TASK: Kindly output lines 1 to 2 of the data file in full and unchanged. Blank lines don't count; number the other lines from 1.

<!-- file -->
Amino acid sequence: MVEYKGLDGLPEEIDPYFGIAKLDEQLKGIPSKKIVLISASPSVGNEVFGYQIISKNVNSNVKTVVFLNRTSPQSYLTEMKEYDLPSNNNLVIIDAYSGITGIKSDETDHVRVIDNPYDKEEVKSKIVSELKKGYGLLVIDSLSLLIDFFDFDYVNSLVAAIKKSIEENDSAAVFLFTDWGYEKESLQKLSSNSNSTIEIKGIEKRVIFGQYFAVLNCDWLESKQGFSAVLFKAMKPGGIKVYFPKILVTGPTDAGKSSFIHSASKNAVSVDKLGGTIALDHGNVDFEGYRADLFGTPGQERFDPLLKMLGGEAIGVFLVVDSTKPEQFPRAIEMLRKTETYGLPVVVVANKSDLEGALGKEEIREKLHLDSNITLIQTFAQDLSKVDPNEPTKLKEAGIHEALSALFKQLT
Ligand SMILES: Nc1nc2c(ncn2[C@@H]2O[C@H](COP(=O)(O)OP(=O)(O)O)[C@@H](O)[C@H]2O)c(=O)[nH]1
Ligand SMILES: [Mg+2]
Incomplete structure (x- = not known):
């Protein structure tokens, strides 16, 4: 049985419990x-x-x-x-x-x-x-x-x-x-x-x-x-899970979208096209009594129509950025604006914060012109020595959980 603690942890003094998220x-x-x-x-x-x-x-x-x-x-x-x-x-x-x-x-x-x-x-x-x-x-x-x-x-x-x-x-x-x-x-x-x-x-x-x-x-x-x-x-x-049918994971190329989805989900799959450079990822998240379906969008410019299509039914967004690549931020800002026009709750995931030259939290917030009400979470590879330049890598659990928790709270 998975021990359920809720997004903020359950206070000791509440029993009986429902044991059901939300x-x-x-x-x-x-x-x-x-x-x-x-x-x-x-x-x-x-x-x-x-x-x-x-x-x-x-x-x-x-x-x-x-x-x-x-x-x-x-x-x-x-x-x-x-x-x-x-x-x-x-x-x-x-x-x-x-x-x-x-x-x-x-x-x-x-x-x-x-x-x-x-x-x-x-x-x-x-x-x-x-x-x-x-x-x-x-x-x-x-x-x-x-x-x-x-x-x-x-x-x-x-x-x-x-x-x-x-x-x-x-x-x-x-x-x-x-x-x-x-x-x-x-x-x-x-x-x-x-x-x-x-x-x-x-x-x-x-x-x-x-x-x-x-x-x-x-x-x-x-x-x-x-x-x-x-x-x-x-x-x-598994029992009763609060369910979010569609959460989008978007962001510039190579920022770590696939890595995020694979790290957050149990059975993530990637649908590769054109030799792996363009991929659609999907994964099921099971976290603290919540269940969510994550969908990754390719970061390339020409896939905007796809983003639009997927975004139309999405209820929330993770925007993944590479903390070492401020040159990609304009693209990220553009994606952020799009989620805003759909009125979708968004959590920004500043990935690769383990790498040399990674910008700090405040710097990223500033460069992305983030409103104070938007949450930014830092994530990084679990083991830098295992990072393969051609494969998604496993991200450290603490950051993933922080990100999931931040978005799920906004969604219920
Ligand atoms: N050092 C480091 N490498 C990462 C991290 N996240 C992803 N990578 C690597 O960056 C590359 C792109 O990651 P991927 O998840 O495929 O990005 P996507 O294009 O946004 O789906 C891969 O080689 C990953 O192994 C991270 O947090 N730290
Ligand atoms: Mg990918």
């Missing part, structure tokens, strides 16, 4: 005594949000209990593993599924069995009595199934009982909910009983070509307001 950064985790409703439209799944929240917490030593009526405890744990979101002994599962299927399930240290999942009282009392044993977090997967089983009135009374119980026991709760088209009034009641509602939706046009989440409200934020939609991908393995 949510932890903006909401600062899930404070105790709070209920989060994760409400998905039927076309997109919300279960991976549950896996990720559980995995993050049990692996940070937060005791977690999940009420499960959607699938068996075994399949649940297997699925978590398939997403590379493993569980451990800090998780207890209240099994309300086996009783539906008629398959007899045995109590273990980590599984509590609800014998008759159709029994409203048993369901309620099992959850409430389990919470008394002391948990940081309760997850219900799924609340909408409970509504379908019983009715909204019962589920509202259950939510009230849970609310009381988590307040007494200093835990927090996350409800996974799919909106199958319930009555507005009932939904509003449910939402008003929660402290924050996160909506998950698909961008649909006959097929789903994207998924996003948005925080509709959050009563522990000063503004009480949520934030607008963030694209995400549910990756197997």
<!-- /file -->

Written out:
Amino acid sequence: MVEYKGLDGLPEEIDPYFGIAKLDEQLKGIPSKKIVLISASPSVGNEVFGYQIISKNVNSNVKTVVFLNRTSPQSYLTEMKEYDLPSNNNLVIIDAYSGITGIKSDETDHVRVIDNPYDKEEVKSKIVSELKKGYGLLVIDSLSLLIDFFDFDYVNSLVAAIKKSIEENDSAAVFLFTDWGYEKESLQKLSSNSNSTIEIKGIEKRVIFGQYFAVLNCDWLESKQGFSAVLFKAMKPGGIKVYFPKILVTGPTDAGKSSFIHSASKNAVSVDKLGGTIALDHGNVDFEGYRADLFGTPGQERFDPLLKMLGGEAIGVFLVVDSTKPEQFPRAIEMLRKTETYGLPVVVVANKSDLEGALGKEEIREKLHLDSNITLIQTFAQDLSKVDPNEPTKLKEAGIHEALSALFKQLT
Ligand SMILES: Nc1nc2c(ncn2[C@@H]2O[C@H](COP(=O)(O)OP(=O)(O)O)[C@@H](O)[C@H]2O)c(=O)[nH]1